Turn off the lights, crank up your receiver, and settle in—Prometheus's lossless DTS-HD Master Audio 7.1 surround track is one to savor, particularly if you've got a home theater setup capable of bringing the aural goods. This mix just doesn't quit; from start to finish it delivers room- quaking dynamics, pristine clarity, and polished, realistic, puts-you-right-in-the-middle-of-the-action sound design. From the opening scene on the barren planet Earth we get deep sub-woofer engagement, the lapping, crashing, and bubbling of a massive waterfall, and the thunderous rumble of an alien ship overhead. The sense of all-surrounding immersion is near-constant from here forward. Bleeps and bloops and the hush of processed air aboard the Prometheus. Sirens wailing in the rears. Dripping rain. Convincing cavernous reverb. The whipping of a monster's tendrils. Debris from an explosion rocketing through the soundscape. Silica dust clinking furiously as a storm blows across LV-223. Fifield's mapping "pups" as they zoom off through underground corridors. There's not a scene where the audio isn't lushly and thoughtfully arranged. Just take the actors' voices, which—besides being well-balanced and easily understood—always reflect the acoustics of their surroundings, flatter aboard the ship, slightly muffled inside their helmets, echoing and wet inside the pyramid. All this is backed up by Marc Streitenfeld's enormous-sounding orchestral score, which alternates between quiet uneasiness and sheer bombast.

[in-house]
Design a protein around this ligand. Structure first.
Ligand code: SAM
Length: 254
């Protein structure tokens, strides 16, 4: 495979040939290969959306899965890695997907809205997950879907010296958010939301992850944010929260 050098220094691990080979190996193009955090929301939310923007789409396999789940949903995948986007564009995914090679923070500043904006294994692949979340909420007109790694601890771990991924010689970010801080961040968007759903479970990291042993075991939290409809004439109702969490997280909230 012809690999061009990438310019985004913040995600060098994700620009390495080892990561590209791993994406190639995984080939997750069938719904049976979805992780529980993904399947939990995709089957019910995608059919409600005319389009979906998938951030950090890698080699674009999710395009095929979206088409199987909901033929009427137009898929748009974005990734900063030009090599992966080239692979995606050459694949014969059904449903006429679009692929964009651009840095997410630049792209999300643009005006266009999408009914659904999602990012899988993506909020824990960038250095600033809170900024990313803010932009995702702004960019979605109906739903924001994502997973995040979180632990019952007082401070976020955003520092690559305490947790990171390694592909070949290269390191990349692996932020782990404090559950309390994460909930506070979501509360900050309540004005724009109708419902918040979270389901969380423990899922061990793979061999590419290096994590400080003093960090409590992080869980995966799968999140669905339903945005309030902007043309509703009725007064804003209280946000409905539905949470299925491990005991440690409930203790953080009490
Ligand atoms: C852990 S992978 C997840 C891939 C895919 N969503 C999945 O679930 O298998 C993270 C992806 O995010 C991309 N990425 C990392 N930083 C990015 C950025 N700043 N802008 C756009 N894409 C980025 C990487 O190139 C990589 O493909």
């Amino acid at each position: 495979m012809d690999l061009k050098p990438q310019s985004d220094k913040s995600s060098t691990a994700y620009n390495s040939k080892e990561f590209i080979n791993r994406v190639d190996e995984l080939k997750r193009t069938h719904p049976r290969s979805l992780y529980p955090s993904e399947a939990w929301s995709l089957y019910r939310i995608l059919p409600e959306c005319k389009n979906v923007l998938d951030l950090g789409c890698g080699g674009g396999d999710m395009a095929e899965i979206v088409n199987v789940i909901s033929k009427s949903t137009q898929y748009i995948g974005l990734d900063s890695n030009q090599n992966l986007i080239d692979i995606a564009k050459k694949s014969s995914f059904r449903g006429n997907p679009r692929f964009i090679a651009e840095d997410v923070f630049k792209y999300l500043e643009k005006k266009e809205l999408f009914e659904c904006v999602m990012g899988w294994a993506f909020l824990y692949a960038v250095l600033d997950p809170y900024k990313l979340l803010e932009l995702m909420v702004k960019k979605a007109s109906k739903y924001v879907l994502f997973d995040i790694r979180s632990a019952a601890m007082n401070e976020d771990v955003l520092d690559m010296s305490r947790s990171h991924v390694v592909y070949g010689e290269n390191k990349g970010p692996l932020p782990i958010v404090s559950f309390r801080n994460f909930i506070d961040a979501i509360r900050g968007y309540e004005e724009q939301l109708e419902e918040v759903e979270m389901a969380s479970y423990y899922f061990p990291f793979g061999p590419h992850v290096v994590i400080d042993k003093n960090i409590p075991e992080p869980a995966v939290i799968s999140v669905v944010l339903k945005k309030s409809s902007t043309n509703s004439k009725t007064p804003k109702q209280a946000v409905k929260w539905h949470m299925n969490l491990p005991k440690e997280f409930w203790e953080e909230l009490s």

Note that the 3D disc and the 2D disc have slightly different dub and subtitle options.
- 3D: Includes descriptive audio, and Spanish, French, Portuguese, Hindi, Urdu, and Tamil dubs—in Dolby Digital 5.1—along with English SDH, Span, Danish, Dutch, Norwegian, Port, and Swedish subtitles.
- 2D: Includes descriptive audio, and Spanish, French, Portuguese, Russian, Hindi, Urdu, Tamil, Telegu, and Ukranian dubs—in Dolby Digital 5.1, except for the Russian DTS 5.1 track—and English SDH, Spanish, Danish, Dutch, Finnish, Norwegian, Portuguese, Russian, Swedish, Estonian, Latvian, Lithuanian, and Ukrainian subtitles.